A historical analysis of the foreclosure housing market by RealtyTrac revealed that 96 percent of United States county real estate markets are better off in 2014 than at the height of the foreclosure crisis 4 years ago. The study found that 80 percent of markets were also better off than in 2012, and 30 percent of markets were better than 2008. The analysis looked at four key categories of housing market health: home price appreciation, affordability, percentage of REO sales, and the unemployment rate.
Each county was assigned a rank between 1 and 2.5 for each category, and the category rankings were summed for a maximum possible score of 10. Counties with the largest improvement in index from the height of the foreclosure crisis were Alameda County in California; Marion County in Indiana, and Sonoma County in California. Counties with the least amount of change actually posted negative returns. Monroe County in New York, Arlington County in Virginia, and Yuma County in Arizona each dropped by negative point-5, revealing the 2014 housing market was actually worse than in 2010.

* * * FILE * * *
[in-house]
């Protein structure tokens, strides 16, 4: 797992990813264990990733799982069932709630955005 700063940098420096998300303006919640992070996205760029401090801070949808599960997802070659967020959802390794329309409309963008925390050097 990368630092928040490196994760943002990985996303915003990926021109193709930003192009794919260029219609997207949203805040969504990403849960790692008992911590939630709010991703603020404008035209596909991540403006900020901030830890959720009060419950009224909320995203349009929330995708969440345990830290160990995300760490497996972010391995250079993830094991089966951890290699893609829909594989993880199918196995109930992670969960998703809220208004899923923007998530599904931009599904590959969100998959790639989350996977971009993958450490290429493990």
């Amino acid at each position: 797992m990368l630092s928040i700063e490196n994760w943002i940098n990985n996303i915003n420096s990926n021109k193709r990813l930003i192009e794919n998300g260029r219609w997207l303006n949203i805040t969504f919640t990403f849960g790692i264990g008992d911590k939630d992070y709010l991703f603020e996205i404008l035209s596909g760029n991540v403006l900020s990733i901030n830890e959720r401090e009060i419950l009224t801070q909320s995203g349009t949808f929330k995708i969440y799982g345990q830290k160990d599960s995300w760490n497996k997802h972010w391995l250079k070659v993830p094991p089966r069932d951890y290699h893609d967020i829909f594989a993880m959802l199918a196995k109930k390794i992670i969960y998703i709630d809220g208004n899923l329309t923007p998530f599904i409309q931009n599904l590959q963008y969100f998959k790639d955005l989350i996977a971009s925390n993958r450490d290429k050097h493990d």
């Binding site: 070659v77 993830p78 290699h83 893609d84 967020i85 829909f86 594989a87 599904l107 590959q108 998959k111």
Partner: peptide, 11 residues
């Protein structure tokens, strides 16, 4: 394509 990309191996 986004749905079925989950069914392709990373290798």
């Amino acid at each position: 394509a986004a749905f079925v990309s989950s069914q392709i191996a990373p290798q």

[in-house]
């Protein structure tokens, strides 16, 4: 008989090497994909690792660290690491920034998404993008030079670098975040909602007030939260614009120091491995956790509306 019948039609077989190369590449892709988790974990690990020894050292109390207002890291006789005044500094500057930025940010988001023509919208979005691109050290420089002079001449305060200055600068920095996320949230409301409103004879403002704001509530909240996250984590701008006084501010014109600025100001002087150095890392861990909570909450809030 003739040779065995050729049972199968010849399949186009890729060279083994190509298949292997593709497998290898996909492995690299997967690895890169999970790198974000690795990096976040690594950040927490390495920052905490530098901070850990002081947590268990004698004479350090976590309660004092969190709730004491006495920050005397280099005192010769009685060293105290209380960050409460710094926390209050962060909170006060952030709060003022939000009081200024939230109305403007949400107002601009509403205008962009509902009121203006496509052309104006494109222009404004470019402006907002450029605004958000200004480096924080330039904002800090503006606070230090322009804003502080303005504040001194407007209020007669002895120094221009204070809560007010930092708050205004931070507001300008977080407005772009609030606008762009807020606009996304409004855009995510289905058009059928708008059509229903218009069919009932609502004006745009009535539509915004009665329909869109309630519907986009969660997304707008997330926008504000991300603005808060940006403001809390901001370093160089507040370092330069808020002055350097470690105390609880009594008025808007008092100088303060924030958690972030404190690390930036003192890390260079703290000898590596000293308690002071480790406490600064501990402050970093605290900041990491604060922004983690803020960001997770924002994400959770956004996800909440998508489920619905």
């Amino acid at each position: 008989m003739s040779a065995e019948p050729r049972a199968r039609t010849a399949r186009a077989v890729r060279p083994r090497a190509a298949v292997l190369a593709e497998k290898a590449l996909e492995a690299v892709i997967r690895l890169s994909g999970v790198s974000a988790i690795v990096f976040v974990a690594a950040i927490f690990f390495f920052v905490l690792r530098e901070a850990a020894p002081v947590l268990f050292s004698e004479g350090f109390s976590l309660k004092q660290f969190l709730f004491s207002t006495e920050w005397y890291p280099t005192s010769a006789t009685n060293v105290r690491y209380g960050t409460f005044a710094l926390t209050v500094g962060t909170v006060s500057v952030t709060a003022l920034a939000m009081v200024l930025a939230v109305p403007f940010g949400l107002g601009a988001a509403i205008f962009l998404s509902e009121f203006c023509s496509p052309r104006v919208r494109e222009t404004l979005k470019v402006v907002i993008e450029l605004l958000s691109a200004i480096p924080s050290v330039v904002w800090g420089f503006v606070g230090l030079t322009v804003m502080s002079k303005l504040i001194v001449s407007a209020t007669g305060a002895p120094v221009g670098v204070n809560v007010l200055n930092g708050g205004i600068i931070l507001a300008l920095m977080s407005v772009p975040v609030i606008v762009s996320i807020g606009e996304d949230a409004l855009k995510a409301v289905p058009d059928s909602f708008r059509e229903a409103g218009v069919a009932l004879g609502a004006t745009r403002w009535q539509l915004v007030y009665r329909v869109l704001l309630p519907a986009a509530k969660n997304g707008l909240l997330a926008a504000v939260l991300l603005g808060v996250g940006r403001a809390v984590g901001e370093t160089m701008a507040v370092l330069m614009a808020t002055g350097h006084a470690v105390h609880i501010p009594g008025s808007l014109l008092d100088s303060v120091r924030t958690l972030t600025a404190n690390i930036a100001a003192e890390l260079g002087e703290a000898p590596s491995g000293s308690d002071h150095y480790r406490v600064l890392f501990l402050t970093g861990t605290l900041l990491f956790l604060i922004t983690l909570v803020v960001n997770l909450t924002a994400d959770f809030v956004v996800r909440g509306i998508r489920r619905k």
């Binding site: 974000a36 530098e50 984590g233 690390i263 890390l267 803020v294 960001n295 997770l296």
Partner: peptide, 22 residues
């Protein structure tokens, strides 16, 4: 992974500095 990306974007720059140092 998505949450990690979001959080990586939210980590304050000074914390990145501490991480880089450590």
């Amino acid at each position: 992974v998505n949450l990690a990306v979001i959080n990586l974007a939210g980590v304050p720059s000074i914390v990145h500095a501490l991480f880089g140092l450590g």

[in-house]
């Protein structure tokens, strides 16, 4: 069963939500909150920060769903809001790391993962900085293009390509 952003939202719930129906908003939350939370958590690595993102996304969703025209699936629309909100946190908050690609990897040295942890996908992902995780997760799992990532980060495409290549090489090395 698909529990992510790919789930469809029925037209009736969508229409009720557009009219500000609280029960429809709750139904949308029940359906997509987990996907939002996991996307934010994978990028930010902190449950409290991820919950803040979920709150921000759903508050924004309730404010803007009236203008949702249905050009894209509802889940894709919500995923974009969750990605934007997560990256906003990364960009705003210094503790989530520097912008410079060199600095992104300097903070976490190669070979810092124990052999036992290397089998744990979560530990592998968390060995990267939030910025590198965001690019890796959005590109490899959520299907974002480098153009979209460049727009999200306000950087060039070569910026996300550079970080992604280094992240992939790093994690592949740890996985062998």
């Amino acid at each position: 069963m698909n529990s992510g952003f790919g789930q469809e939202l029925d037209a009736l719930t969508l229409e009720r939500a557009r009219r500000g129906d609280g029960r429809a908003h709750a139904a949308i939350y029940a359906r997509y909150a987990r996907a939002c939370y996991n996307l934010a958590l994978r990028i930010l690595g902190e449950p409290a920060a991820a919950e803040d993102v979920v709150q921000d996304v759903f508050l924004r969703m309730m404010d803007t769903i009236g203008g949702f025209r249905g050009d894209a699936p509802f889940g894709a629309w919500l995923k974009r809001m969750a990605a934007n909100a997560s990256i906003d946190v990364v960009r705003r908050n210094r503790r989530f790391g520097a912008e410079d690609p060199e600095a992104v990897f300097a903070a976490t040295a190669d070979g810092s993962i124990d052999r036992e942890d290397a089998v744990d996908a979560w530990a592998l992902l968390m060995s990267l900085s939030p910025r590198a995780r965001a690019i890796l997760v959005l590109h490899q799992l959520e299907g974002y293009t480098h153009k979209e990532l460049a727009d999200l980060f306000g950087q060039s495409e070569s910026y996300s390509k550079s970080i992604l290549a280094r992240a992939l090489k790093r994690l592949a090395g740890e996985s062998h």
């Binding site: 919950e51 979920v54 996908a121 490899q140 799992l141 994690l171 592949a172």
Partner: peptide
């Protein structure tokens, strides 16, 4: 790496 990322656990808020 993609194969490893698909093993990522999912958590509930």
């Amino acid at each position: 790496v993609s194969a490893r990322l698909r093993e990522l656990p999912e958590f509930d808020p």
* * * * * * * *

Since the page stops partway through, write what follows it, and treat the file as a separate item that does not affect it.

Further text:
Following a slowdown in activity over the previous two quarters, Fannie Mae's Economic & Strategic Research Group expects economic activity to pick up in the second quarter of this year, bolstered by increases in the housing sector, consumer spending, and business investment. Fannie Mae expects economic growth in the first quarter be 2 percent, and yearly growth is expected to be 2.7 percent. Housing starts are expected to increase almost 20 percent to 1.1 million, with a median new home price of $281,000.